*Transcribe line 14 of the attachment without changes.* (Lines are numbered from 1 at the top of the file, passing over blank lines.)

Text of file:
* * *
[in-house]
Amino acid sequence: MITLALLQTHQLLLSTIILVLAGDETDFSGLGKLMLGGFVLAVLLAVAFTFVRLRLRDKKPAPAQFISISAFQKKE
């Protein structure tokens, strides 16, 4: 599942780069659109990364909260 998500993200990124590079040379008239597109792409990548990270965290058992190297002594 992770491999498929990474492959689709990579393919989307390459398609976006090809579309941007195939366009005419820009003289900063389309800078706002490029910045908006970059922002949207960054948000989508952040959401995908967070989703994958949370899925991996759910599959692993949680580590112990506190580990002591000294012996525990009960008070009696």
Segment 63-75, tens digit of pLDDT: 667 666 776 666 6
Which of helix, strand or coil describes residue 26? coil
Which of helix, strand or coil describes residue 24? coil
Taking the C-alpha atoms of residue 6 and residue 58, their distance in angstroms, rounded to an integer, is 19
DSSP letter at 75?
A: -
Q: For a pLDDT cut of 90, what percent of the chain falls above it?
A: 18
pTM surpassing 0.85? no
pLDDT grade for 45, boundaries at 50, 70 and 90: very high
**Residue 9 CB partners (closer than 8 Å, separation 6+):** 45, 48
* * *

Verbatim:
**Residue 9 CB partners (closer than 8 Å, separation 6+):** 45, 48